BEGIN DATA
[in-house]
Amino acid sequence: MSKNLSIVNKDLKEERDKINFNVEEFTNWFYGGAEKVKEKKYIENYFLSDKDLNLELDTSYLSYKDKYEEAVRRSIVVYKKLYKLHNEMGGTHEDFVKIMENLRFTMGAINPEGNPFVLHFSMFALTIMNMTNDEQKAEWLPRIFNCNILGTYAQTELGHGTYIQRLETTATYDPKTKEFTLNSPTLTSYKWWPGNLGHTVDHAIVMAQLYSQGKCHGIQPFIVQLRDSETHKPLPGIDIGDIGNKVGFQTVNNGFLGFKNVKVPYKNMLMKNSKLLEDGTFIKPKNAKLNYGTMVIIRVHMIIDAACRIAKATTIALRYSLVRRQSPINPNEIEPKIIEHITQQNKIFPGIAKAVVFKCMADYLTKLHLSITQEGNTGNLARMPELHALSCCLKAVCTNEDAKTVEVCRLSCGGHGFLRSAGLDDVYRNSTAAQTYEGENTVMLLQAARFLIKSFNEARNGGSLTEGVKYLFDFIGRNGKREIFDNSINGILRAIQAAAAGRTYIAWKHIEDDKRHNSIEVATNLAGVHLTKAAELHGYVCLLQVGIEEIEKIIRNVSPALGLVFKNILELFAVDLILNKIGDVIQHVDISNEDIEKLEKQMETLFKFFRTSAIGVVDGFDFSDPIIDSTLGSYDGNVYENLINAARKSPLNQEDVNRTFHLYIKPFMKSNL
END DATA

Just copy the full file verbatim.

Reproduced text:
[in-house]
Amino acid sequence: MSKNLSIVNKDLKEERDKINFNVEEFTNWFYGGAEKVKEKKYIENYFLSDKDLNLELDTSYLSYKDKYEEAVRRSIVVYKKLYKLHNEMGGTHEDFVKIMENLRFTMGAINPEGNPFVLHFSMFALTIMNMTNDEQKAEWLPRIFNCNILGTYAQTELGHGTYIQRLETTATYDPKTKEFTLNSPTLTSYKWWPGNLGHTVDHAIVMAQLYSQGKCHGIQPFIVQLRDSETHKPLPGIDIGDIGNKVGFQTVNNGFLGFKNVKVPYKNMLMKNSKLLEDGTFIKPKNAKLNYGTMVIIRVHMIIDAACRIAKATTIALRYSLVRRQSPINPNEIEPKIIEHITQQNKIFPGIAKAVVFKCMADYLTKLHLSITQEGNTGNLARMPELHALSCCLKAVCTNEDAKTVEVCRLSCGGHGFLRSAGLDDVYRNSTAAQTYEGENTVMLLQAARFLIKSFNEARNGGSLTEGVKYLFDFIGRNGKREIFDNSINGILRAIQAAAAGRTYIAWKHIEDDKRHNSIEVATNLAGVHLTKAAELHGYVCLLQVGIEEIEKIIRNVSPALGLVFKNILELFAVDLILNKIGDVIQHVDISNEDIEKLEKQMETLFKFFRTSAIGVVDGFDFSDPIIDSTLGSYDGNVYENLINAARKSPLNQEDVNRTFHLYIKPFMKSNL